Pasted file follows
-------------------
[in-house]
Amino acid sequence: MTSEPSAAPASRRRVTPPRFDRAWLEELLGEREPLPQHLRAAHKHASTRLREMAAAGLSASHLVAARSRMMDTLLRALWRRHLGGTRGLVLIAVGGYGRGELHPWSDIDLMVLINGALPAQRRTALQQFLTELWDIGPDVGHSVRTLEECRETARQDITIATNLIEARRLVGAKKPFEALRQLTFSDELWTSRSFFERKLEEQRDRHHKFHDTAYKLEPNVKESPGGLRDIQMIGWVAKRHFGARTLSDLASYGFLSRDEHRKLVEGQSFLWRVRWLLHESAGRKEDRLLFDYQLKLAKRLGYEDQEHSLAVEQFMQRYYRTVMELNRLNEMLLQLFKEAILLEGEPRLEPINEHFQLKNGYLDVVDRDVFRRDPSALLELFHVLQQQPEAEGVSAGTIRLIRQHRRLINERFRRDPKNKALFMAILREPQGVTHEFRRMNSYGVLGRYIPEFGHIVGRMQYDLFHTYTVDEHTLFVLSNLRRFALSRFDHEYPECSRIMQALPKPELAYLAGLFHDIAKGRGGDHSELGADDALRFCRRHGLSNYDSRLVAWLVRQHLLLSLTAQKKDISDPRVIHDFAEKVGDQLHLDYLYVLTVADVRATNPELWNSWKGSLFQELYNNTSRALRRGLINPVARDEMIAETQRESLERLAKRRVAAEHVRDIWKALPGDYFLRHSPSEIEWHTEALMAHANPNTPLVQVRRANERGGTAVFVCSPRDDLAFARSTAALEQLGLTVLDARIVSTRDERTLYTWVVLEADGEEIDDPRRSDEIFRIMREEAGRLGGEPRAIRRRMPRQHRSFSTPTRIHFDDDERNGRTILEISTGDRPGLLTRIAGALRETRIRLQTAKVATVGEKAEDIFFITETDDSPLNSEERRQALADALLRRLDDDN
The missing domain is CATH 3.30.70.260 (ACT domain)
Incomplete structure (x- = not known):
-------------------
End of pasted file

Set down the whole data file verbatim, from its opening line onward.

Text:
[in-house]
Amino acid sequence: MTSEPSAAPASRRRVTPPRFDRAWLEELLGEREPLPQHLRAAHKHASTRLREMAAAGLSASHLVAARSRMMDTLLRALWRRHLGGTRGLVLIAVGGYGRGELHPWSDIDLMVLINGALPAQRRTALQQFLTELWDIGPDVGHSVRTLEECRETARQDITIATNLIEARRLVGAKKPFEALRQLTFSDELWTSRSFFERKLEEQRDRHHKFHDTAYKLEPNVKESPGGLRDIQMIGWVAKRHFGARTLSDLASYGFLSRDEHRKLVEGQSFLWRVRWLLHESAGRKEDRLLFDYQLKLAKRLGYEDQEHSLAVEQFMQRYYRTVMELNRLNEMLLQLFKEAILLEGEPRLEPINEHFQLKNGYLDVVDRDVFRRDPSALLELFHVLQQQPEAEGVSAGTIRLIRQHRRLINERFRRDPKNKALFMAILREPQGVTHEFRRMNSYGVLGRYIPEFGHIVGRMQYDLFHTYTVDEHTLFVLSNLRRFALSRFDHEYPECSRIMQALPKPELAYLAGLFHDIAKGRGGDHSELGADDALRFCRRHGLSNYDSRLVAWLVRQHLLLSLTAQKKDISDPRVIHDFAEKVGDQLHLDYLYVLTVADVRATNPELWNSWKGSLFQELYNNTSRALRRGLINPVARDEMIAETQRESLERLAKRRVAAEHVRDIWKALPGDYFLRHSPSEIEWHTEALMAHANPNTPLVQVRRANERGGTAVFVCSPRDDLAFARSTAALEQLGLTVLDARIVSTRDERTLYTWVVLEADGEEIDDPRRSDEIFRIMREEAGRLGGEPRAIRRRMPRQHRSFSTPTRIHFDDDERNGRTILEISTGDRPGLLTRIAGALRETRIRLQTAKVATVGEKAEDIFFITETDDSPLNSEERRQALADALLRRLDDDN
The missing domain is CATH 3.30.70.260 (ACT domain)
Incomplete structure (x- = not known):